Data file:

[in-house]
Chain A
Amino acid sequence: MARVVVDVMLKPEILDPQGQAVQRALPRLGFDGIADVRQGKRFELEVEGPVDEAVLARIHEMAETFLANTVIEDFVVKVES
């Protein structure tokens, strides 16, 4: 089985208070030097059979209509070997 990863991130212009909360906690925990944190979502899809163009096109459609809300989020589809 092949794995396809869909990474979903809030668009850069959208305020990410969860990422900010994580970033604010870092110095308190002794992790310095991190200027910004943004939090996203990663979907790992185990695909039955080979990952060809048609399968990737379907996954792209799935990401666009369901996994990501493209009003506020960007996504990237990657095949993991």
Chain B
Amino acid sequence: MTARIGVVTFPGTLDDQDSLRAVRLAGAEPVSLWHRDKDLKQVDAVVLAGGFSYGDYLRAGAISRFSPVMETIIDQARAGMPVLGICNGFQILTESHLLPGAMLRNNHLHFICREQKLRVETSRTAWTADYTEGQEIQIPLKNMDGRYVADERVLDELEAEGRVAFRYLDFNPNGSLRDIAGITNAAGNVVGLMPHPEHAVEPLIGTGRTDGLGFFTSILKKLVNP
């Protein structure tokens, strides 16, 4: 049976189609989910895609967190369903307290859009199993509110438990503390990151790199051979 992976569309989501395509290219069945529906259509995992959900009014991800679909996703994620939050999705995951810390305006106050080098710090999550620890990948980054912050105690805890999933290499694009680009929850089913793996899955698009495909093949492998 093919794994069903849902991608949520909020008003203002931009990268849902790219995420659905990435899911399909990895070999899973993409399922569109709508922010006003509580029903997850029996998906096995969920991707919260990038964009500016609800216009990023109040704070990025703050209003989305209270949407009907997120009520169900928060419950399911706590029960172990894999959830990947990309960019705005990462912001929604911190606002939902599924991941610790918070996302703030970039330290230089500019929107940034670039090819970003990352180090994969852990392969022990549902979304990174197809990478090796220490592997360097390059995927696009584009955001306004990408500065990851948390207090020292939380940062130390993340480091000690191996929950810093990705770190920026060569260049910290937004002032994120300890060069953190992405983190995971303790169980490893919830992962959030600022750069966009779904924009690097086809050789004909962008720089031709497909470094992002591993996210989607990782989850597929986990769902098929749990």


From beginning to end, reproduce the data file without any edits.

[in-house]
Chain A
Amino acid sequence: MARVVVDVMLKPEILDPQGQAVQRALPRLGFDGIADVRQGKRFELEVEGPVDEAVLARIHEMAETFLANTVIEDFVVKVES
């Protein structure tokens, strides 16, 4: 089985208070030097059979209509070997 990863991130212009909360906690925990944190979502899809163009096109459609809300989020589809 092949794995396809869909990474979903809030668009850069959208305020990410969860990422900010994580970033604010870092110095308190002794992790310095991190200027910004943004939090996203990663979907790992185990695909039955080979990952060809048609399968990737379907996954792209799935990401666009369901996994990501493209009003506020960007996504990237990657095949993991």
Chain B
Amino acid sequence: MTARIGVVTFPGTLDDQDSLRAVRLAGAEPVSLWHRDKDLKQVDAVVLAGGFSYGDYLRAGAISRFSPVMETIIDQARAGMPVLGICNGFQILTESHLLPGAMLRNNHLHFICREQKLRVETSRTAWTADYTEGQEIQIPLKNMDGRYVADERVLDELEAEGRVAFRYLDFNPNGSLRDIAGITNAAGNVVGLMPHPEHAVEPLIGTGRTDGLGFFTSILKKLVNP
């Protein structure tokens, strides 16, 4: 049976189609989910895609967190369903307290859009199993509110438990503390990151790199051979 992976569309989501395509290219069945529906259509995992959900009014991800679909996703994620939050999705995951810390305006106050080098710090999550620890990948980054912050105690805890999933290499694009680009929850089913793996899955698009495909093949492998 093919794994069903849902991608949520909020008003203002931009990268849902790219995420659905990435899911399909990895070999899973993409399922569109709508922010006003509580029903997850029996998906096995969920991707919260990038964009500016609800216009990023109040704070990025703050209003989305209270949407009907997120009520169900928060419950399911706590029960172990894999959830990947990309960019705005990462912001929604911190606002939902599924991941610790918070996302703030970039330290230089500019929107940034670039090819970003990352180090994969852990392969022990549902979304990174197809990478090796220490592997360097390059995927696009584009955001306004990408500065990851948390207090020292939380940062130390993340480091000690191996929950810093990705770190920026060569260049910290937004002032994120300890060069953190992405983190995971303790169980490893919830992962959030600022750069966009779904924009690097086809050789004909962008720089031709497909470094992002591993996210989607990782989850597929986990769902098929749990």